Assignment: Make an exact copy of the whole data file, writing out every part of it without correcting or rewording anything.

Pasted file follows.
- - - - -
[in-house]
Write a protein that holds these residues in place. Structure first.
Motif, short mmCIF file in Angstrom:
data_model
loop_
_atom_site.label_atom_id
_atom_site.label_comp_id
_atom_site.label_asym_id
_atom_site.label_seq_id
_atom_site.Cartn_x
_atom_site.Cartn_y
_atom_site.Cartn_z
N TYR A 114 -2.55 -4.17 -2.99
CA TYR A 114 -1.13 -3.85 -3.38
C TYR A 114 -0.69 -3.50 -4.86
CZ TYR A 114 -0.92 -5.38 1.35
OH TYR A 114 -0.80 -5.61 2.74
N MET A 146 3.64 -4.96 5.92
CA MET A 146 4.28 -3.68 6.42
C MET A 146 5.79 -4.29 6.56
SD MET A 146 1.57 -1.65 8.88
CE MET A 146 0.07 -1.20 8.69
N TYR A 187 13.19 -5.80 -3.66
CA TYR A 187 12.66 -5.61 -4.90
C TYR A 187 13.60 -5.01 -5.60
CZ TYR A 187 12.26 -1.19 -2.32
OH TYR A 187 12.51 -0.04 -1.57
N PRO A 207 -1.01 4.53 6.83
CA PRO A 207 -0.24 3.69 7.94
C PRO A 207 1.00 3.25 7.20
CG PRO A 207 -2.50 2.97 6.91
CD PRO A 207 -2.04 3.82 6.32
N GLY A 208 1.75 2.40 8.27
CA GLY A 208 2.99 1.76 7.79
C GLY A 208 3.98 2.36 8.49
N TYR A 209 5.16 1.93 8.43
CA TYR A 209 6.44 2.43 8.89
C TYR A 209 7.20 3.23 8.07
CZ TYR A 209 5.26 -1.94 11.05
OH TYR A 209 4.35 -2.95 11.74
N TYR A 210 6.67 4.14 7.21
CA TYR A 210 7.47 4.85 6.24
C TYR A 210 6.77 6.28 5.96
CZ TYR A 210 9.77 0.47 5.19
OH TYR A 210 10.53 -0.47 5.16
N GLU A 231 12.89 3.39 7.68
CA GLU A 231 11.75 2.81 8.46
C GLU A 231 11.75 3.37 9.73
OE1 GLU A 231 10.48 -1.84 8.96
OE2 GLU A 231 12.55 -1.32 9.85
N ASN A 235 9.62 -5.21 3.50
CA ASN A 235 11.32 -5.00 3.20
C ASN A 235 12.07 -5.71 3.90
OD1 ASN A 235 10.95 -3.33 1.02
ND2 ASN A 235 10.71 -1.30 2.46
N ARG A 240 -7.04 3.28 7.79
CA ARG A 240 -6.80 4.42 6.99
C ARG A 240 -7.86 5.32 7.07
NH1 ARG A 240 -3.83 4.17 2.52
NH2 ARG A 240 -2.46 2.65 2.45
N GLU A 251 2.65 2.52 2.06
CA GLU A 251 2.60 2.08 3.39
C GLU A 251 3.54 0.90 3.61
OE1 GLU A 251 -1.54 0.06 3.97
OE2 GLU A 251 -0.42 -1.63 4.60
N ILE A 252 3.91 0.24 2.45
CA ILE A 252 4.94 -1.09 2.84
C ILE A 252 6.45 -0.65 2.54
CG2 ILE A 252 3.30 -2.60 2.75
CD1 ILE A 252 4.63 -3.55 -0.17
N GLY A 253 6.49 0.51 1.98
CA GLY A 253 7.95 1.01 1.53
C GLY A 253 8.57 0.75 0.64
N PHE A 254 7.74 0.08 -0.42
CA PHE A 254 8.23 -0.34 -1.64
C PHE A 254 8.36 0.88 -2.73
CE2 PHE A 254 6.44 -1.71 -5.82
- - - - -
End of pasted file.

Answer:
[in-house]
Write a protein that holds these residues in place. Structure first.
Motif, short mmCIF file in Angstrom:
data_model
loop_
_atom_site.label_atom_id
_atom_site.label_comp_id
_atom_site.label_asym_id
_atom_site.label_seq_id
_atom_site.Cartn_x
_atom_site.Cartn_y
_atom_site.Cartn_z
N TYR A 114 -2.55 -4.17 -2.99
CA TYR A 114 -1.13 -3.85 -3.38
C TYR A 114 -0.69 -3.50 -4.86
CZ TYR A 114 -0.92 -5.38 1.35
OH TYR A 114 -0.80 -5.61 2.74
N MET A 146 3.64 -4.96 5.92
CA MET A 146 4.28 -3.68 6.42
C MET A 146 5.79 -4.29 6.56
SD MET A 146 1.57 -1.65 8.88
CE MET A 146 0.07 -1.20 8.69
N TYR A 187 13.19 -5.80 -3.66
CA TYR A 187 12.66 -5.61 -4.90
C TYR A 187 13.60 -5.01 -5.60
CZ TYR A 187 12.26 -1.19 -2.32
OH TYR A 187 12.51 -0.04 -1.57
N PRO A 207 -1.01 4.53 6.83
CA PRO A 207 -0.24 3.69 7.94
C PRO A 207 1.00 3.25 7.20
CG PRO A 207 -2.50 2.97 6.91
CD PRO A 207 -2.04 3.82 6.32
N GLY A 208 1.75 2.40 8.27
CA GLY A 208 2.99 1.76 7.79
C GLY A 208 3.98 2.36 8.49
N TYR A 209 5.16 1.93 8.43
CA TYR A 209 6.44 2.43 8.89
C TYR A 209 7.20 3.23 8.07
CZ TYR A 209 5.26 -1.94 11.05
OH TYR A 209 4.35 -2.95 11.74
N TYR A 210 6.67 4.14 7.21
CA TYR A 210 7.47 4.85 6.24
C TYR A 210 6.77 6.28 5.96
CZ TYR A 210 9.77 0.47 5.19
OH TYR A 210 10.53 -0.47 5.16
N GLU A 231 12.89 3.39 7.68
CA GLU A 231 11.75 2.81 8.46
C GLU A 231 11.75 3.37 9.73
OE1 GLU A 231 10.48 -1.84 8.96
OE2 GLU A 231 12.55 -1.32 9.85
N ASN A 235 9.62 -5.21 3.50
CA ASN A 235 11.32 -5.00 3.20
C ASN A 235 12.07 -5.71 3.90
OD1 ASN A 235 10.95 -3.33 1.02
ND2 ASN A 235 10.71 -1.30 2.46
N ARG A 240 -7.04 3.28 7.79
CA ARG A 240 -6.80 4.42 6.99
C ARG A 240 -7.86 5.32 7.07
NH1 ARG A 240 -3.83 4.17 2.52
NH2 ARG A 240 -2.46 2.65 2.45
N GLU A 251 2.65 2.52 2.06
CA GLU A 251 2.60 2.08 3.39
C GLU A 251 3.54 0.90 3.61
OE1 GLU A 251 -1.54 0.06 3.97
OE2 GLU A 251 -0.42 -1.63 4.60
N ILE A 252 3.91 0.24 2.45
CA ILE A 252 4.94 -1.09 2.84
C ILE A 252 6.45 -0.65 2.54
CG2 ILE A 252 3.30 -2.60 2.75
CD1 ILE A 252 4.63 -3.55 -0.17
N GLY A 253 6.49 0.51 1.98
CA GLY A 253 7.95 1.01 1.53
C GLY A 253 8.57 0.75 0.64
N PHE A 254 7.74 0.08 -0.42
CA PHE A 254 8.23 -0.34 -1.64
C PHE A 254 8.36 0.88 -2.73
CE2 PHE A 254 6.44 -1.71 -5.82